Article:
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AQI Breaches 999, Capital Struggles to Breathe Morning After Diwali

Delhi’s air quality index, which stood at 382 at 4 PM yesterday, entered the severe zone around 8 PM as low temperature and wind speed allowed the accumulation of firecracker pollutants.
Fog

New Delhi: With Delhi’s residents flouting the ban on bursting firecrackers in the city on Diwali, the Air Quality Index (AQI) plummeted to hazardous levels on Friday. Citizens woke up to a densely grey morning, thick with particulate matter residue.

Residents of Burari in North Delhi, Paschim Vihar in West Delhi, Lajpat Nagar in South Delhi, and Shahdara in East Delhi reported incidents of firecracker bursting as early as 7 PM on Thursday. The blatant disregard of the firecracker ban became more intensified post-9 PM.

According to Delhi Pollution Control Committee’s data cited by The Indian Express, at the Jawaharlal Nehru Stadium station, for instance, PM2.5 levels increased from 389 at 8 PM Thursday to a high of 1,553 at 1 AM on Friday (levels are measured in micrograms per metre-cube). This is nearly 26 times the standard of 60 for PM2.5. It stood at around 1,164 at 6 AM on Friday.

PM10 levels at the station also heightened on Friday morning. At the Jawaharlal Nehru Stadium monitoring stations, PM10 levels hit 1,643 at 1 AM on Friday, up from 519 at 8 PM. The standard for PM10 levels is 100. Sulphur dioxide emissions recorded at the station also peaked around 1 AM on Friday at 35.5, while the level of nitrogen oxides hit a high of 142.8 at 1 AM, up from around 24.7 at 7 PM Thursday.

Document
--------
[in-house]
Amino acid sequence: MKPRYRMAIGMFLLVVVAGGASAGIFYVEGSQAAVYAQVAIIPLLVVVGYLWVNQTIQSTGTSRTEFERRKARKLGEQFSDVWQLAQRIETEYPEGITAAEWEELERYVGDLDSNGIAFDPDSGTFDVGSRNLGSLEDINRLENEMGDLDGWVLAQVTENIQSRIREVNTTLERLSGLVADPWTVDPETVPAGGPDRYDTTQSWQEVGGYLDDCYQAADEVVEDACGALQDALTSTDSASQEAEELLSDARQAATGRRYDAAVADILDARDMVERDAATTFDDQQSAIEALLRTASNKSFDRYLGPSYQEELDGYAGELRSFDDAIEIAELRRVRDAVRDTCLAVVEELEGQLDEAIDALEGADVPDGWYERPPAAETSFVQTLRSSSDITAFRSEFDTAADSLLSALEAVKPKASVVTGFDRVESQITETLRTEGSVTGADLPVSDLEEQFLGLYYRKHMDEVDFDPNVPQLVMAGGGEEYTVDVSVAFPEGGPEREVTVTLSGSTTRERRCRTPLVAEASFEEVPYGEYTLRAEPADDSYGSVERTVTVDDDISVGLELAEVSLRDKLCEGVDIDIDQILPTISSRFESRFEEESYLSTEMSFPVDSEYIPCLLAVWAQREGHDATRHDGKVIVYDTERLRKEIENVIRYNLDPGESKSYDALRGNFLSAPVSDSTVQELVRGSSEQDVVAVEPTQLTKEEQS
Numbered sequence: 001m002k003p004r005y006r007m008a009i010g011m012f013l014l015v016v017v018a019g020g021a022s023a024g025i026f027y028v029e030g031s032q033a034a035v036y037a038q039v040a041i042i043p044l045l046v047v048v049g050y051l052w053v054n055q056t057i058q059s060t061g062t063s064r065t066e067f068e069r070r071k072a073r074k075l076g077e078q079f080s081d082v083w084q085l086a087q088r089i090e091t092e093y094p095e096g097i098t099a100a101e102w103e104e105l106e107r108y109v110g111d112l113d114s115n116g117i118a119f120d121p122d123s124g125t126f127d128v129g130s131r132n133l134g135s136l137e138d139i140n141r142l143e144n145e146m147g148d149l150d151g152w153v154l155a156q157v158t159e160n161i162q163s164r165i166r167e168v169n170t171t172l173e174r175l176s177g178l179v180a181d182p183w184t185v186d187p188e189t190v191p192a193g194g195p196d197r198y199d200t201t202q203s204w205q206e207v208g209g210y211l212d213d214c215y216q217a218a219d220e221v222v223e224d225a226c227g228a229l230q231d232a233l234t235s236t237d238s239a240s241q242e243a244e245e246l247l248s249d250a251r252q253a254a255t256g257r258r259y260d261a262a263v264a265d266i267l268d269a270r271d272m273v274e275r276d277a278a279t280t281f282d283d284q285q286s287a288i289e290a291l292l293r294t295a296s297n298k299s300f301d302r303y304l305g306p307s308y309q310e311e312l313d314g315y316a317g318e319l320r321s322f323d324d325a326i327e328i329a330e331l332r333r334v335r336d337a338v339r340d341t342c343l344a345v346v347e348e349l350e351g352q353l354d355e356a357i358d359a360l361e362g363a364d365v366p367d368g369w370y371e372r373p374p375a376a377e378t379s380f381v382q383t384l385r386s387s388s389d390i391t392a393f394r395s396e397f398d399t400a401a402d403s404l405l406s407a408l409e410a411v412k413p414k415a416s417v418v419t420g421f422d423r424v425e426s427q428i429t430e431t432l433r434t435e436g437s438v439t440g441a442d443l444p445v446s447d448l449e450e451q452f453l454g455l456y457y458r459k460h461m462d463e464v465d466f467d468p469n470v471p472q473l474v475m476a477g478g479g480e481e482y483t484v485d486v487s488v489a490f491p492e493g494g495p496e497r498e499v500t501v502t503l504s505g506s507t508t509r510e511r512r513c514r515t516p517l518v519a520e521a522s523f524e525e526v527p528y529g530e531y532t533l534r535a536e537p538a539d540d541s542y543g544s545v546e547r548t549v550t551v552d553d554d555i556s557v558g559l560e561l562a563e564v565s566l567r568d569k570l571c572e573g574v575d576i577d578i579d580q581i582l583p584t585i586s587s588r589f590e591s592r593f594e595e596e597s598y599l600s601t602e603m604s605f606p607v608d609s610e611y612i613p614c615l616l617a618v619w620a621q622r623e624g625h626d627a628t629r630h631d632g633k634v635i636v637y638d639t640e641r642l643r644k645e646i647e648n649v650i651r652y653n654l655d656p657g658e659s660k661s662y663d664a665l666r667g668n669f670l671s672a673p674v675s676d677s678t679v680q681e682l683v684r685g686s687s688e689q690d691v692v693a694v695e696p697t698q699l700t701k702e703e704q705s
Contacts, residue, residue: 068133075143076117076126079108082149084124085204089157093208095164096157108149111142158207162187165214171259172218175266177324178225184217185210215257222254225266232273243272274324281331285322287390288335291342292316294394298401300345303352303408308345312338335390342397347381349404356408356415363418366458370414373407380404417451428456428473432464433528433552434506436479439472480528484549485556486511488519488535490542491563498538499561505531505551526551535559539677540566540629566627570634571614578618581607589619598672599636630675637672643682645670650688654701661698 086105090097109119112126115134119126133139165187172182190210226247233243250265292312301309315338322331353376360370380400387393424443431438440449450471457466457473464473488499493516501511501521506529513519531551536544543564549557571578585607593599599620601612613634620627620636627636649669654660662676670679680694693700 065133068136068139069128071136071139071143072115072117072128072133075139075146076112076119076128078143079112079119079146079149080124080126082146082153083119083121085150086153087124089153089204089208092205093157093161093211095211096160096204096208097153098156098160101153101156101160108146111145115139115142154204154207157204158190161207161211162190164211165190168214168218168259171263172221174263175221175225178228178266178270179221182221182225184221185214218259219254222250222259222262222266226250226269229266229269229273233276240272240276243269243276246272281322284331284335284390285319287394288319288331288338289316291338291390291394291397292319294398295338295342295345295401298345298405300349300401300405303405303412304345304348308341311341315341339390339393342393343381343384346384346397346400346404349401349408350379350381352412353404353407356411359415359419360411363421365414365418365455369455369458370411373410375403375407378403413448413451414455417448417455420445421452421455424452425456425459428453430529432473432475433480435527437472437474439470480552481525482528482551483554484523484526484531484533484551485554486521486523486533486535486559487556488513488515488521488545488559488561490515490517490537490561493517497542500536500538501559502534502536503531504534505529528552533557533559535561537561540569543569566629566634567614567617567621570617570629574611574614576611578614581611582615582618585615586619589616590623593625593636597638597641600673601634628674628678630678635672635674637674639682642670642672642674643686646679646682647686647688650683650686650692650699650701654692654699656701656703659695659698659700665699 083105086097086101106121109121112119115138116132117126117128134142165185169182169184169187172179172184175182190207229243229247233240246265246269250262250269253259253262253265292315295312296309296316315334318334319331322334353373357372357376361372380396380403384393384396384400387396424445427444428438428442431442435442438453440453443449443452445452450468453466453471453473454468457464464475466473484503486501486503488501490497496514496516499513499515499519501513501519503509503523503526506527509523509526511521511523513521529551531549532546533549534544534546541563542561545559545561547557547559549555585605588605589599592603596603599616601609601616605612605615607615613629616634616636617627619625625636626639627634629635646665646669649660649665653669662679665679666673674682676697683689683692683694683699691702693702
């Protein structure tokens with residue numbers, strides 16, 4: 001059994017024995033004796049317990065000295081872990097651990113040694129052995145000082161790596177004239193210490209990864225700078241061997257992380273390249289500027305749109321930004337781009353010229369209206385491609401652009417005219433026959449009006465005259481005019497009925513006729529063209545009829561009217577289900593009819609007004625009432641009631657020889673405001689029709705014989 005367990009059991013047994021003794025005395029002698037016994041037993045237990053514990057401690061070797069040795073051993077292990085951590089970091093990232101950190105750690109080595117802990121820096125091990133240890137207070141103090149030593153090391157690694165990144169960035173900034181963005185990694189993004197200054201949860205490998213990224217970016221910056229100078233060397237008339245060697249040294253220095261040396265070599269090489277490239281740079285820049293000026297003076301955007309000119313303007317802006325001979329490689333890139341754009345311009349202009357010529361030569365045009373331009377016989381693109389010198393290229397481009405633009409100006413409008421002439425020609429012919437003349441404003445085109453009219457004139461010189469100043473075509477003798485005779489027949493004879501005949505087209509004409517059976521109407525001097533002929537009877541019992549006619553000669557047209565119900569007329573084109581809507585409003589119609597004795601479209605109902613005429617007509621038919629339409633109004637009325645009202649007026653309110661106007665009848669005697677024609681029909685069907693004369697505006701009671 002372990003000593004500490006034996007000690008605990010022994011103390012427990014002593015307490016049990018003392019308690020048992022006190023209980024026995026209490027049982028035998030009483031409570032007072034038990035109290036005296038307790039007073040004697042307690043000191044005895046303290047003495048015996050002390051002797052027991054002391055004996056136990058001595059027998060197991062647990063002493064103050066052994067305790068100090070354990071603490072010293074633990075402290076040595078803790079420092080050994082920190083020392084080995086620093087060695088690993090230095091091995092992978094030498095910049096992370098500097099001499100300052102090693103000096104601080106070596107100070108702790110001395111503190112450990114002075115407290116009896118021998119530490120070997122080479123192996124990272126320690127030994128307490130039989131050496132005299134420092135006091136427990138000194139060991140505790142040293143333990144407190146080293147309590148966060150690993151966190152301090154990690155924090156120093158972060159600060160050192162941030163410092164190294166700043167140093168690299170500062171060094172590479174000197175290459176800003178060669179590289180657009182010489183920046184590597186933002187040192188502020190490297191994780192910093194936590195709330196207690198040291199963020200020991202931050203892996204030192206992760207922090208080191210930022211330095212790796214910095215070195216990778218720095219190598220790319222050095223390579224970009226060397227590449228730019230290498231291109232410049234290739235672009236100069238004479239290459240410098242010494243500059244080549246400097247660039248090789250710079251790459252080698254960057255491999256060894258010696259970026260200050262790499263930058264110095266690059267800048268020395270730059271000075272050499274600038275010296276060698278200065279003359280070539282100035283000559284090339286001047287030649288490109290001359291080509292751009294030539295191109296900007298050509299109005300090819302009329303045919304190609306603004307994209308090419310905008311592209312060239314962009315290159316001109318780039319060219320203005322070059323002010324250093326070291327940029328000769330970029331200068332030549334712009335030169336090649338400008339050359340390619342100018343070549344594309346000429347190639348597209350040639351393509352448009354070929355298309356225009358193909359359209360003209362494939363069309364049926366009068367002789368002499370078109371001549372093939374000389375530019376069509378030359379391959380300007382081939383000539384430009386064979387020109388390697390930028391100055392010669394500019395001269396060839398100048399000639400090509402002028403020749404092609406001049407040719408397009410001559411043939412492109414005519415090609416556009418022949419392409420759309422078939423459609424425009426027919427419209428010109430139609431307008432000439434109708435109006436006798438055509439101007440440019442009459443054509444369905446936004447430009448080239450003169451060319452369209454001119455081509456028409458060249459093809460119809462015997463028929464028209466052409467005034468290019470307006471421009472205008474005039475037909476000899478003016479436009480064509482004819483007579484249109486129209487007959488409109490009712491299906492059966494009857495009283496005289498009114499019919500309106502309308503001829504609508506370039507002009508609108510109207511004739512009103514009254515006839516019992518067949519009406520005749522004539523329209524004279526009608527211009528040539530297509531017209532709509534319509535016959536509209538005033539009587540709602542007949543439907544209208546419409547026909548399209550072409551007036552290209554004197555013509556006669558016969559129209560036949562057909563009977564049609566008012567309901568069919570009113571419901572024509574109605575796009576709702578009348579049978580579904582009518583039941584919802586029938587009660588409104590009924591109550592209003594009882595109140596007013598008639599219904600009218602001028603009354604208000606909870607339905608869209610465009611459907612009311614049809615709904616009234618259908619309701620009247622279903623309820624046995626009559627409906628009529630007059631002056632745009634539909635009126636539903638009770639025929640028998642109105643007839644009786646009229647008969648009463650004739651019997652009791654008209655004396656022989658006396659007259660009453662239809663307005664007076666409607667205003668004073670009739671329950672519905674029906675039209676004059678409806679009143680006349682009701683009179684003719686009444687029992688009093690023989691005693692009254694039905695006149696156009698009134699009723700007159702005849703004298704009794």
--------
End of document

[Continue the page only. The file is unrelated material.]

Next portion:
Furthermore, fog conditions also intensified on Friday morning as visibility dropped to the 200-500 metre range, according to scientists at the Indian Meteorological Department (IMD).

The neighbouring cities of Faridabad (424), Ghaziabad (442), Gurgaon (423) and Noida (431) also recorded ‘severe’ air quality with cracker bursting peaking after 9 PM on Thursday.

The escalation of AQI numbers does not bore well for heart patients (about one-fifth of all deaths in Delhi in 2017 were caused by heart-related illnesses). Airborne PM2.5 is known to cause and worsen cardiovascular diseases.

According to scientists at Centre-run SAFAR (System of Air Quality and Weather Forecasting And Research), a respite from the poisonous air in the capital should not be expected before November 7, as northwesterly winds are expected to carry stubble burning smoke from Punjab and Haryana towards Delhi.

SAFAR is forecasting an increase in the share of stubble burning’s contribution to Delhi’s AQI by 35% on Friday and 40% on Saturday.

"The firecracker ban didn't seem to be successful in Delhi, which led to hazardous pollution levels adding on top of existing perennial sources," Sunil Dahiya, Analyst, Centre for Research on Energy and Clean Air (CREA) was quoted saying in a Reuters report.

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